According to McGraw, Target's data breach was a real-world example of a design flaw leading to a hack. The environment was "crunchy on the outside and chewy in the middle." As a result, it was "easy to get to the middle where all the data was stored" once the attackers had compromised the point-of-sale system. "The design of the communications and storage… were [poorly] done," he says. "Often a bug provides a toehold into a system to be exploited because of bad" security design.
Twitter already is implementing its own software security design flaw prevention program based on the report. Daswani says an internal Twitter document specifically recommends how to design its software securely. "For example, we recommend the use of a certain number of templating frameworks -- the developers choose one -- so it's more likely that their code won't be vulnerable to cross-site scripting" and other bugs.
One reason XSS is so prevalent in software today is that, when you build a web application, it's easy to design it with inherent flaws at the user interface. "If you're not careful about what data you output to the user interface, sometimes the browser at the other end can get confused and think the data might be code that has to be executed," he says. "By recommending a templating language, it makes a clear delineation on what is considered code and what is to be considered data. That sure makes it harder to have a bug like cross-site scripting."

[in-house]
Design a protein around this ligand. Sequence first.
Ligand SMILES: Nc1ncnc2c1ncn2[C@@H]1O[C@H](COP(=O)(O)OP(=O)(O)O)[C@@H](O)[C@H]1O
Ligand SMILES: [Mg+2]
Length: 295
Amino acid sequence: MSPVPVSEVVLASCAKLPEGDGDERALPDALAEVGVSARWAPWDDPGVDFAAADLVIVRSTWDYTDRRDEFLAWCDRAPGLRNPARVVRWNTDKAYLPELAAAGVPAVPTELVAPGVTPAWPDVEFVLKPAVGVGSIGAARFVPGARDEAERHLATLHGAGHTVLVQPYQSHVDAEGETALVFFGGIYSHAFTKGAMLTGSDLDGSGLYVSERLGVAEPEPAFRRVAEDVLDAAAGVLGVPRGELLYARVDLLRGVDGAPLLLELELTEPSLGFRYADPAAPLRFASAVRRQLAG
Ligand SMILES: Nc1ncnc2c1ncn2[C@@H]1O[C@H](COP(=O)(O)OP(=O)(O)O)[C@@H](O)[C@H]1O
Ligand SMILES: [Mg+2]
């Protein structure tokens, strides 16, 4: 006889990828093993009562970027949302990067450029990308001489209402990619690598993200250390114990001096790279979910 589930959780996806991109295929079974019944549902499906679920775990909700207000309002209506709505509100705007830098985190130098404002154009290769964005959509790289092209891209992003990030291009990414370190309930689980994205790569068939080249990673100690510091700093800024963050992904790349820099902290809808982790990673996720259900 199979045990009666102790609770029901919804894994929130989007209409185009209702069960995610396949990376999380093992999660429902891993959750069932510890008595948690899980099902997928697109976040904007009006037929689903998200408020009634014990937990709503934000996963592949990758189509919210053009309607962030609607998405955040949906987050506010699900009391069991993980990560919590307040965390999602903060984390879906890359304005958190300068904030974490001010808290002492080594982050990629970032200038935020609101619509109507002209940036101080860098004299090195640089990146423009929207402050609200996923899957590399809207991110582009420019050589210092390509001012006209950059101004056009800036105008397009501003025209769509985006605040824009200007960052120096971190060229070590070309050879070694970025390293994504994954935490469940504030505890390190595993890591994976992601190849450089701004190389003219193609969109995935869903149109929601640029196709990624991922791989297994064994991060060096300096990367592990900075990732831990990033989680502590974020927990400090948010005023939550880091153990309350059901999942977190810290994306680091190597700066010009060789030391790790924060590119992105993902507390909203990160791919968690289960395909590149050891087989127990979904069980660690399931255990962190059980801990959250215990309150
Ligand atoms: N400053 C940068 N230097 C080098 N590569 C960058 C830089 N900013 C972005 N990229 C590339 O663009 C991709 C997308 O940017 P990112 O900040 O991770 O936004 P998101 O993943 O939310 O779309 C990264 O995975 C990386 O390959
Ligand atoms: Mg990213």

The report recommends how to prevent each of the 10 most common software security design flaws:
1. Earn or give, but never assume, trust.
2. Use an authentication mechanism that cannot be bypassed or tampered with.
3. Authorize after you authenticate.
4. Strictly separate data and control instructions, and never process control instructions received from untrusted sources.
5. Define an approach that ensures all data are explicitly validated.
6. Use cryptography correctly.
7. Identify sensitive data and how it should be handled.
8. Always consider the users.
9. Understand how integrating external components changes your attack surface.
10. Be flexible when considering future changes to objects and actors.
"It's [an] important point that the vendor community in software security and even OWASP has a very myopic focus on bugs," McGraw says. "That leads some customers to believe that software security is a bug problem" only, but design flaws account for about half of software security issues.